The UNAA Media Peace Awards seek to promote understanding about humanitarian and social justice issues
The Project presenter Waleed Aly and writer Tom Whitty have won a UNAA (United Nations Association of Australia) Media Peace Award.
The awards were announced Monday night at Melbourne’s Arts Centre to celebrate United Nations Day.
The UNAA Media Peace Awards – which were handed out for the first time in 1979 – seek to promote understanding about humanitarian and social justice issues by recognising those in the media whose contributions stimulate public awareness and understanding. This year, more than 70 journalists, producers, photographers and filmmakers were among the finalists in 13 categories.
In the Promotion Of Social Cohesion Category, Aly and Whitty were awarded for their Send Forgiveness Viral editorial, calling on Australians to stop the cycle of viral outrage with forgiveness.
Waleed Aly said: “It’s genuinely humbling to be recognised for this piece. Tom and I knew we were taking a huge risk in writing it because in today’s media environment you rarely get rewarded for trying to hold the middle ground, and trying to understand those with whom you passionately disagree. We are delighted that something so unfashionable has been a success.”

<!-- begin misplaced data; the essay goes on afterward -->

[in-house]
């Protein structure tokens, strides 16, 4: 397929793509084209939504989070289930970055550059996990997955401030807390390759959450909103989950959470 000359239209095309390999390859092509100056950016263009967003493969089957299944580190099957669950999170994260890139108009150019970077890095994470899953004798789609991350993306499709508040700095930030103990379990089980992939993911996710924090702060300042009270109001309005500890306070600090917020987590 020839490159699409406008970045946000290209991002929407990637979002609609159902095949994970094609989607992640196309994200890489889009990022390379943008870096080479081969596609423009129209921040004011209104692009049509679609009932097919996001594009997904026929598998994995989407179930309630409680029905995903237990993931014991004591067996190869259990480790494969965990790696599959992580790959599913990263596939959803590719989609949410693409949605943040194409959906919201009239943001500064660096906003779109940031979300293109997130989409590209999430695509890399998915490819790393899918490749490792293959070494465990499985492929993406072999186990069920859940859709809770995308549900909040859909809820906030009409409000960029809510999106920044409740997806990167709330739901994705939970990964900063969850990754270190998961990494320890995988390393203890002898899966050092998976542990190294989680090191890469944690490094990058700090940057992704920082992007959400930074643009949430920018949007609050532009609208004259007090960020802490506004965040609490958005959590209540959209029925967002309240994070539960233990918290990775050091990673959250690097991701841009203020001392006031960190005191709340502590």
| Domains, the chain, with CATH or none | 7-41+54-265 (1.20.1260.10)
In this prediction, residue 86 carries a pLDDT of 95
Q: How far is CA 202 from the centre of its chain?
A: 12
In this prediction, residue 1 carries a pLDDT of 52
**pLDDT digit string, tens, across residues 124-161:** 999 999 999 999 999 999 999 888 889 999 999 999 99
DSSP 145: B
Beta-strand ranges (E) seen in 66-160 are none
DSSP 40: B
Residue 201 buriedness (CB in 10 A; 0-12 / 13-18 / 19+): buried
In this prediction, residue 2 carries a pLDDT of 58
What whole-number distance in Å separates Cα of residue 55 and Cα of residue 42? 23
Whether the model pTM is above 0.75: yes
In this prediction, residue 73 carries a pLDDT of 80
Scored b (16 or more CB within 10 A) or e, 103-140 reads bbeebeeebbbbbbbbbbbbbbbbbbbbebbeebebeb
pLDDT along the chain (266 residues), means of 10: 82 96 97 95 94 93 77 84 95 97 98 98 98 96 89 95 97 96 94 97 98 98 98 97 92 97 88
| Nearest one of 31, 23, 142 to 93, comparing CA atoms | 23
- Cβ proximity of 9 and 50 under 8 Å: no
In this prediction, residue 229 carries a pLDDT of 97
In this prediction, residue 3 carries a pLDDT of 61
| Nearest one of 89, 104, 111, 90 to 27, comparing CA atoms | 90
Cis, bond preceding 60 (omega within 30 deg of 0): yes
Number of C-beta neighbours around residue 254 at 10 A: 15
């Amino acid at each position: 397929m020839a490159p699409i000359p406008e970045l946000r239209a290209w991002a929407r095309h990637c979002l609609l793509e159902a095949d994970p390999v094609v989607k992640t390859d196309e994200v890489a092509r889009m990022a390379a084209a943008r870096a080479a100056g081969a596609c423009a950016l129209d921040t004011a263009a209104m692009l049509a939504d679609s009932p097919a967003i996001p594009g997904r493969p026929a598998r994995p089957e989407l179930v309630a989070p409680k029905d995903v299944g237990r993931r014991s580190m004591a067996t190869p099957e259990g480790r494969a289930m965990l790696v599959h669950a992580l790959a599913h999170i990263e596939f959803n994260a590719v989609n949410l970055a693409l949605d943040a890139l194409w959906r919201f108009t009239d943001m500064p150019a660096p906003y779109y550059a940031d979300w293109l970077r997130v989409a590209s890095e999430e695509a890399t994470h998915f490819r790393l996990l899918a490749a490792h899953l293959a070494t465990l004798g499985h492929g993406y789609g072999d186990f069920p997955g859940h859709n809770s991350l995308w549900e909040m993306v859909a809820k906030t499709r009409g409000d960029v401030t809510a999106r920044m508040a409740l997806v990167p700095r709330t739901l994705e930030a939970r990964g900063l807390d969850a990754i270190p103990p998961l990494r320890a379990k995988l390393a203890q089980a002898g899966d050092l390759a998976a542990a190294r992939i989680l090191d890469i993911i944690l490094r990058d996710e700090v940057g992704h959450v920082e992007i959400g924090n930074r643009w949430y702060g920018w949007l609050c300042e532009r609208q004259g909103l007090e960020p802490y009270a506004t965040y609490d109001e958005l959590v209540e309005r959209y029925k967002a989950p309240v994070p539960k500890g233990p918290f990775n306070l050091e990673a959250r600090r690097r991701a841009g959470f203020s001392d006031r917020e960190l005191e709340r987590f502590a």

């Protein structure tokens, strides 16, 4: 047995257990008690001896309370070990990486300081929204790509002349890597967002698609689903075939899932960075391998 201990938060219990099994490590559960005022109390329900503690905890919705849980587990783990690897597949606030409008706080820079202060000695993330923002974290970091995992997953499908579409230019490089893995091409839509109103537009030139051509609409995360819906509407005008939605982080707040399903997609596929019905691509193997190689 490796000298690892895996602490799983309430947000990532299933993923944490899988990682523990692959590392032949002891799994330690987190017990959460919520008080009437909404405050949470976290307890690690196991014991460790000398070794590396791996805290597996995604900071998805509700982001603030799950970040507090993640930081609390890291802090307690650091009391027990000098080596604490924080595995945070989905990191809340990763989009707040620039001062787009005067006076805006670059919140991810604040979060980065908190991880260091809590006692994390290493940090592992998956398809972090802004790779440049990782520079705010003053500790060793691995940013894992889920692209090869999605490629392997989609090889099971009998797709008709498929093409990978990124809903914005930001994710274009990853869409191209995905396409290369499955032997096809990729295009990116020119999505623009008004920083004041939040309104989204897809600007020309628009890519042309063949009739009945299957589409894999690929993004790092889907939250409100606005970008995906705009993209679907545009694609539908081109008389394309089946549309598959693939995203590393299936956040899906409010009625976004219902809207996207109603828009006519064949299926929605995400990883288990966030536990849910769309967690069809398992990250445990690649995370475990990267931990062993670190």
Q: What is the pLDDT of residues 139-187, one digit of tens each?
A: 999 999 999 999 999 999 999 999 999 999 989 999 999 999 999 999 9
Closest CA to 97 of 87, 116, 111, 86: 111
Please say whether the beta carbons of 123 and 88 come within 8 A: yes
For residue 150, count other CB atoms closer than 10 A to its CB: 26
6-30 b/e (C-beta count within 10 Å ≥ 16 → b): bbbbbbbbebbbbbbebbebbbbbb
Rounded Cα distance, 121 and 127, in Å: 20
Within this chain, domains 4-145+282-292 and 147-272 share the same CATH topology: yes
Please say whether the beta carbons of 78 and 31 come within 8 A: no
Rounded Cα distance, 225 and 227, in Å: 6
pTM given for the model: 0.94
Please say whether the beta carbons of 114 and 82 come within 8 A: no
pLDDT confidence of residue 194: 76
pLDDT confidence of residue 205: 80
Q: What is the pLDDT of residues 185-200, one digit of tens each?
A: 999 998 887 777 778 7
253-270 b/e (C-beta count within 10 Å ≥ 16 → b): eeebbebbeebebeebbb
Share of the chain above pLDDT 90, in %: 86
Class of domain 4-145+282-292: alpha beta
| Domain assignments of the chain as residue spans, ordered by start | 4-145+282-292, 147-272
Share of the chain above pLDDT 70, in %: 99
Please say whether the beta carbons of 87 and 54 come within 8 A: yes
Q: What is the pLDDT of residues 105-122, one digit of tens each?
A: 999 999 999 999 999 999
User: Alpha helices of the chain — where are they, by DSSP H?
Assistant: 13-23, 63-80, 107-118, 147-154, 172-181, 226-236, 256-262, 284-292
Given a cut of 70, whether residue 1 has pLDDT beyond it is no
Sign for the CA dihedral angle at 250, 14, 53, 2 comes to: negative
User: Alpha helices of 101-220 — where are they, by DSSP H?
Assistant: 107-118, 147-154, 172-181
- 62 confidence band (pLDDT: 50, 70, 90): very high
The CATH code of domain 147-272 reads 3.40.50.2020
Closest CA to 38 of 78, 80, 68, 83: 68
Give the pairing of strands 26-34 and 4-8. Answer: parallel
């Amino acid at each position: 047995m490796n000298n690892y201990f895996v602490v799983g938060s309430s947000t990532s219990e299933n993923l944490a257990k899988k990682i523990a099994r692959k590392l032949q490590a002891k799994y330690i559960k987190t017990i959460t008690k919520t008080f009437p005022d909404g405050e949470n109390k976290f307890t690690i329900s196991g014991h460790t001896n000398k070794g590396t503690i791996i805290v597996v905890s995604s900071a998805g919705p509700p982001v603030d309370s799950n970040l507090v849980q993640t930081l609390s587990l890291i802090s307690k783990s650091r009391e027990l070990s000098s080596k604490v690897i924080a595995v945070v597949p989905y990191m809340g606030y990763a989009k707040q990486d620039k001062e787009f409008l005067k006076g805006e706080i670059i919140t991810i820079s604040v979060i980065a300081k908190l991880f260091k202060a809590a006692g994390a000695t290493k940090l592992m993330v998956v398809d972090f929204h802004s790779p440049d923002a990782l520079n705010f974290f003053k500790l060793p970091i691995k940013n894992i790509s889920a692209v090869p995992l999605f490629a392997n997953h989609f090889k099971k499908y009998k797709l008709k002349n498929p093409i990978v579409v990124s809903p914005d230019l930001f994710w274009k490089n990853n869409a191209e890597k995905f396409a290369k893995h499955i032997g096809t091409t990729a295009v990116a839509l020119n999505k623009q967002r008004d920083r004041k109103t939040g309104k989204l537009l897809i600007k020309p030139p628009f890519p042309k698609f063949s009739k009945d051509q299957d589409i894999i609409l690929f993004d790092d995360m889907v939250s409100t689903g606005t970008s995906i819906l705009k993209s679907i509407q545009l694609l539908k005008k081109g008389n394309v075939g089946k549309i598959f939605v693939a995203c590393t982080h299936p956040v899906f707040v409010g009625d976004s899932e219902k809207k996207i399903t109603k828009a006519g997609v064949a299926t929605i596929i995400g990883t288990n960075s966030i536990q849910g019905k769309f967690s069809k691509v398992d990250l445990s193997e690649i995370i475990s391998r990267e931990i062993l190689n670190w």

The pair were also nominated in the Best Television Category For News And Current Affairs, for their ISIL Is Weak editorial, which gained international media attention and attracted over 30 million views on social media platforms.
The Project executive producer Craig Campbell said: “Waleed and Tom are constantly challenging us all to not accept the norm and think about issues that capture our attention from a different perspective. I am once again so incredibly proud of them and The Project team who helped make their work come to life.”
Meanwhile, Guardian Australia’s Nauru files series won three awards at the UNAA Media Peace Awards. The series, published in August 2016, won the awards in the print, online and protection of children categories. The Nauru files reportage brought to light the trauma and abuse suffered by children on Nauru. It recorded in more than 2,000 incident reports.